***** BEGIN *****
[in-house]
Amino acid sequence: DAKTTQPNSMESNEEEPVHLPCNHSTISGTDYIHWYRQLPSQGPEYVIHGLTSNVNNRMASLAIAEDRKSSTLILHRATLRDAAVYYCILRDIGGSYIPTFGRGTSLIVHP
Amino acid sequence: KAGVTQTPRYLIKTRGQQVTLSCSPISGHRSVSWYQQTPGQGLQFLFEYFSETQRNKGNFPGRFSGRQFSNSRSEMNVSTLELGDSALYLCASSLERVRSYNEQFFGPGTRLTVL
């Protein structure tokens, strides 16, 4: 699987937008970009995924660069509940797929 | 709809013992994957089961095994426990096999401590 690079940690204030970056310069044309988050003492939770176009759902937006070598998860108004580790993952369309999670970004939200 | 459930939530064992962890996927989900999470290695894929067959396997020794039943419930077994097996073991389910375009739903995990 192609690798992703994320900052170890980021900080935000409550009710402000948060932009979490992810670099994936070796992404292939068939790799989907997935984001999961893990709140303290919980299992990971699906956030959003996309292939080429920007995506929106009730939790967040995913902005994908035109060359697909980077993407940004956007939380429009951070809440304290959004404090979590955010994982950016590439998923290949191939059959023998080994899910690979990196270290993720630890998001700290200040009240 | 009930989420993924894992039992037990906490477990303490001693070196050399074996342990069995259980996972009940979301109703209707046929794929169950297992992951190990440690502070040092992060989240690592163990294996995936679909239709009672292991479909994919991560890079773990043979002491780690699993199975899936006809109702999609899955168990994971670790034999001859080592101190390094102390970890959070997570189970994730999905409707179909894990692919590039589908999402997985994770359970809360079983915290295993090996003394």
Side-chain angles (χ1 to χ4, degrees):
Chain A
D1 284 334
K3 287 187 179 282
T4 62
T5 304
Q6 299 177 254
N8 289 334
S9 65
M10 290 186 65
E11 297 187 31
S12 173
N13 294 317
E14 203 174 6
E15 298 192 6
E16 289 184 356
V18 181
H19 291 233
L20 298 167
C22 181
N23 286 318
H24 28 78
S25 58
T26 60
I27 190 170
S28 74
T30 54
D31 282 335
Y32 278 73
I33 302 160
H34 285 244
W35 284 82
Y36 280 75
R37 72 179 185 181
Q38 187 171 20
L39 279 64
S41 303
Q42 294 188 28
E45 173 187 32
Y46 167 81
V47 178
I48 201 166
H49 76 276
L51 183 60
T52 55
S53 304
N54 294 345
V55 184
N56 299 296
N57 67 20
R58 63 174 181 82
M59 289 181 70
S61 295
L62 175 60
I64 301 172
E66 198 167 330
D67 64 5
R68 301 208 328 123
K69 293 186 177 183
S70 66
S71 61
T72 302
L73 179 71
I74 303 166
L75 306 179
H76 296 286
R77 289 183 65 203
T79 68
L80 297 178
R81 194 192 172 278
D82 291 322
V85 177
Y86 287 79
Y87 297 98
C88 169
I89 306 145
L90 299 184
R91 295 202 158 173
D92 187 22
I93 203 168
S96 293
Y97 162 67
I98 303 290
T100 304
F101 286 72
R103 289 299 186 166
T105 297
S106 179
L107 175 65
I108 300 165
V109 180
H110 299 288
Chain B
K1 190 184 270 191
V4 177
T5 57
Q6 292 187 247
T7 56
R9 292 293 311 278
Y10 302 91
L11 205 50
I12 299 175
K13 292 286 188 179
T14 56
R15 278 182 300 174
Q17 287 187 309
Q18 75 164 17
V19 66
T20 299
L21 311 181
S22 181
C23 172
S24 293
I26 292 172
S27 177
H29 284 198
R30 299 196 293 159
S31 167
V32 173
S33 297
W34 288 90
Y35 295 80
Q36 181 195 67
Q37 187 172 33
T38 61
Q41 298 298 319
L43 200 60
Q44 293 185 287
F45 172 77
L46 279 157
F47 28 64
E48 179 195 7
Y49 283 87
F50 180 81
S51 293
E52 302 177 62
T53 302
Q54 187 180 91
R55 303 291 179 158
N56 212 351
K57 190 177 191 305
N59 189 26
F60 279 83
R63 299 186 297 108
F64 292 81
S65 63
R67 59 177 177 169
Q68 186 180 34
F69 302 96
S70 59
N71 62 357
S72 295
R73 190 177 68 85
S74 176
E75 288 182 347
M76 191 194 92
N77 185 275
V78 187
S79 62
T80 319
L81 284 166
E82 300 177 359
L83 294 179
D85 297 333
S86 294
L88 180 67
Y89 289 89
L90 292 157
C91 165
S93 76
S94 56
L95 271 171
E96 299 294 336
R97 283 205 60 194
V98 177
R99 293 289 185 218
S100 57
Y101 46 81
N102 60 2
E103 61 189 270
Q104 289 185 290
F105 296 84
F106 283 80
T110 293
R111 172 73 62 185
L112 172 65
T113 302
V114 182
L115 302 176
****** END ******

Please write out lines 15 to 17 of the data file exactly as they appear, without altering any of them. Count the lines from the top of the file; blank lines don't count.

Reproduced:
E11 297 187 31
S12 173
N13 294 317